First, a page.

To do this, CivicSpark will work with a network of nine regional partners to place 48 AmeriCorps members each year who will implement sustainable community strategies, respond to climate change and advance clean-energy initiatives throughout the state, where they will provide capacity-building support to local governments through research, planning and implementation activities. While working with local governments, they will also engage at least 200 volunteers annually to support ongoing climate protection activities in these communities.
CivicSpark members can conduct analysis and community inventorying that can lay the groundwork for competitive cap-and-trade funding applications that will have to show greenhouse gas emission benefits for proposed projects.
Sample projects include educating community members about climate change; benchmarking commercial building energy use; conducting electric vehicle readiness planning; and inventorying greenhouse gas emissions.
CivicSpark is currently reviewing applications for local projects and members for the 2014-15 service year. Approved projects are expected to launch in November and be completed by mid-September 2015. For more information about the process, contact Kif Scheuer at email@example.com.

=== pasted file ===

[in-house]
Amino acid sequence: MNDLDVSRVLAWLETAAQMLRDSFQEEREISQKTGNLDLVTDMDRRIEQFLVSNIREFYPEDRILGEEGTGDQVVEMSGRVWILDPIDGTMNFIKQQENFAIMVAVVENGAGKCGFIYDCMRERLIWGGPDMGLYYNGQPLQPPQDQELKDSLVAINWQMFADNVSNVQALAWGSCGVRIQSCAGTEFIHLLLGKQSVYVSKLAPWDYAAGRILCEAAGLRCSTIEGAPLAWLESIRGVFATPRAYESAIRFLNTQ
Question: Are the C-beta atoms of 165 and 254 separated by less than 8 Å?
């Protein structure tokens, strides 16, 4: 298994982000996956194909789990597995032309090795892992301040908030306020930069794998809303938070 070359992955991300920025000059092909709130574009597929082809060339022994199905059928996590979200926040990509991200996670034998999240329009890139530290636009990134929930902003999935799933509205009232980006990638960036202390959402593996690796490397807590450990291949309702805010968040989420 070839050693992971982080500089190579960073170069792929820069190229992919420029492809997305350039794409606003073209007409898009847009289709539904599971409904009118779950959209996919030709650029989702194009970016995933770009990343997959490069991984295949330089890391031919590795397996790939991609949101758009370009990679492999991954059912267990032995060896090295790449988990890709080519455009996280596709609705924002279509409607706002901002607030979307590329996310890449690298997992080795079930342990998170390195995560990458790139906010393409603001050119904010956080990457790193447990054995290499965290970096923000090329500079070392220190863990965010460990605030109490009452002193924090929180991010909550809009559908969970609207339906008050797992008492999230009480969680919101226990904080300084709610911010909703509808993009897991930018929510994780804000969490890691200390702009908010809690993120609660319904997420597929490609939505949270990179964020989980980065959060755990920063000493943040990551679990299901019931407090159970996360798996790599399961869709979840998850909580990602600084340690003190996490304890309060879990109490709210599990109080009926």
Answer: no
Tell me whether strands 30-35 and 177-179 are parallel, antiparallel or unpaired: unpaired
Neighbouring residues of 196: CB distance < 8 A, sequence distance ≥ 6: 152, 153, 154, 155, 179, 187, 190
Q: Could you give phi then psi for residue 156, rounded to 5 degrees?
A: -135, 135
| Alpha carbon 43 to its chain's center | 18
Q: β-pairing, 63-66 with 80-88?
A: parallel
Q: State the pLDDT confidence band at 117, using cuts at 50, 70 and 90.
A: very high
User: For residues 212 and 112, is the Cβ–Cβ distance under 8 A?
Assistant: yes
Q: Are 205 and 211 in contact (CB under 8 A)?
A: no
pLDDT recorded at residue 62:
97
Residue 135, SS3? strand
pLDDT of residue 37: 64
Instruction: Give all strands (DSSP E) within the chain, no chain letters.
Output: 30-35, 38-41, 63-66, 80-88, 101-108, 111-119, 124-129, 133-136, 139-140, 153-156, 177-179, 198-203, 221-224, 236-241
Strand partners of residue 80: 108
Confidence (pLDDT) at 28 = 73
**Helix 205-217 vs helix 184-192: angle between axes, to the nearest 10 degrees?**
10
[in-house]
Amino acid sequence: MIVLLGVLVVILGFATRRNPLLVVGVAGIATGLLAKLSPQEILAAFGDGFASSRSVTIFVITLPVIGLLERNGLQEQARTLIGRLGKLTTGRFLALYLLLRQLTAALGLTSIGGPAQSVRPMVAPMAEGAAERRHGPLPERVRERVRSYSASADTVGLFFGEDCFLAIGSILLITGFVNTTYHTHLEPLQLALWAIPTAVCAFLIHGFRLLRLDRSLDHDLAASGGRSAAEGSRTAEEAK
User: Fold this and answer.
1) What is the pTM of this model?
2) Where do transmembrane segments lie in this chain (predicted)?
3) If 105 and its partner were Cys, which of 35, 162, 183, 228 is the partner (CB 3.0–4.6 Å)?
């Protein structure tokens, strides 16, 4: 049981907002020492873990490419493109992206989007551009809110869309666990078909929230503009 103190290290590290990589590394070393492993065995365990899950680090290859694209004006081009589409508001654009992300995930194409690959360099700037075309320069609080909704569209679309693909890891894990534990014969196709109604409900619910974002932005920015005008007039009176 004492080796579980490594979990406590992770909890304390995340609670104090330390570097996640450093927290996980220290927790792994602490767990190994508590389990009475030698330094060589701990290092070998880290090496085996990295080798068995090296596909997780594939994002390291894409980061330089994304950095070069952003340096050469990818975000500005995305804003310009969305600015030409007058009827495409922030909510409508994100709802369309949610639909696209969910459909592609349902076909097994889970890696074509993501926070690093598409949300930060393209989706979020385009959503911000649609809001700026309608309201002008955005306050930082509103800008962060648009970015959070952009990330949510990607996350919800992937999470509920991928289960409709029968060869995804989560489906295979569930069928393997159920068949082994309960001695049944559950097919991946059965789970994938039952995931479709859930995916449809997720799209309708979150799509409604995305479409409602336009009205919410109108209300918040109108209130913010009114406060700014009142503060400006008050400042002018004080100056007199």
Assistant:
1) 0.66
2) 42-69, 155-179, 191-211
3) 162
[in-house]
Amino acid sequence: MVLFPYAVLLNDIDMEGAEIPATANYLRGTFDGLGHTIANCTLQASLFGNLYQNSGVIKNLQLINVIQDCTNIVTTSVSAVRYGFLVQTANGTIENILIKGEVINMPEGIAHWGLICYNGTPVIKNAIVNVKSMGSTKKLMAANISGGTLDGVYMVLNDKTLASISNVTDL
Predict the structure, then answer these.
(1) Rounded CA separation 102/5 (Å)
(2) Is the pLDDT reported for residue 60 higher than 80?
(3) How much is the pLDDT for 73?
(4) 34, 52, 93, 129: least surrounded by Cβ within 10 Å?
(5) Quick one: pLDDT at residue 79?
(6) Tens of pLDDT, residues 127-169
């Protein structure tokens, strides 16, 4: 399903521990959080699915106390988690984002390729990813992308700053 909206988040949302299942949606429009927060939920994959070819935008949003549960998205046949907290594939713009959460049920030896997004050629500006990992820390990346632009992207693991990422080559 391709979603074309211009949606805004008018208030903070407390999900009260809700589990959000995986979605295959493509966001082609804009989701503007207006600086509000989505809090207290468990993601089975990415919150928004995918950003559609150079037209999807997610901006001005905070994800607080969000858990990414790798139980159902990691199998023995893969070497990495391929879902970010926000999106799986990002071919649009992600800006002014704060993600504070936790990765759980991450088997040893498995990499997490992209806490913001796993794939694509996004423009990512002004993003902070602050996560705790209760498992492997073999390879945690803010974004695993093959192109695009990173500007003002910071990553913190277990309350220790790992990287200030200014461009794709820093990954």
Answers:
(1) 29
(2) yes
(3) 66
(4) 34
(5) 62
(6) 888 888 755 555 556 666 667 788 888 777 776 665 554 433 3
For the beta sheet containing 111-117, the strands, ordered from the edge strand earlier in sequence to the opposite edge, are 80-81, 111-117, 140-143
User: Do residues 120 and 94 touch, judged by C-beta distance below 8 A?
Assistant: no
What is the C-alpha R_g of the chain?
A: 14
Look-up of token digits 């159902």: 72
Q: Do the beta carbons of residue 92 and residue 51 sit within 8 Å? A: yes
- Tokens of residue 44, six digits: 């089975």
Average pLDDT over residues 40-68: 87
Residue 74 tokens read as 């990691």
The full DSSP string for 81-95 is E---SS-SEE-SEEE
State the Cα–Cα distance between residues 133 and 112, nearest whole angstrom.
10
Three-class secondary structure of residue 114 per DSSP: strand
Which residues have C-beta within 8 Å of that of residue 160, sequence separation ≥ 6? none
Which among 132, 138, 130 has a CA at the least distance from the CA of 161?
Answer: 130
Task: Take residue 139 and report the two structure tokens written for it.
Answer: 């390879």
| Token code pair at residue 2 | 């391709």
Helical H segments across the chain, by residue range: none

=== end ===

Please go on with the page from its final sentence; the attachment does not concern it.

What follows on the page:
Local governments will define a scope of service and contract with CivicSpark to implement this work at an estimated $18 per hour (e.g., 200-hour project = $3,600). Member benefits include living allowance, Segal Education Award, Federal Loan Forbearance for Approved Loans, health insurance and childcare.
Get more details about CivicSpark project opportunities.
Encore gives “second life” to expertise
The Local Government Commission is particularly excited about the role that Encore members will play as supervisors for the CivicSpark regional teams. Encore is a one-year service program for retired professionals.
Encore’s paid fellowships match skilled, experienced professionals with social-purpose organizations on high-impact projects.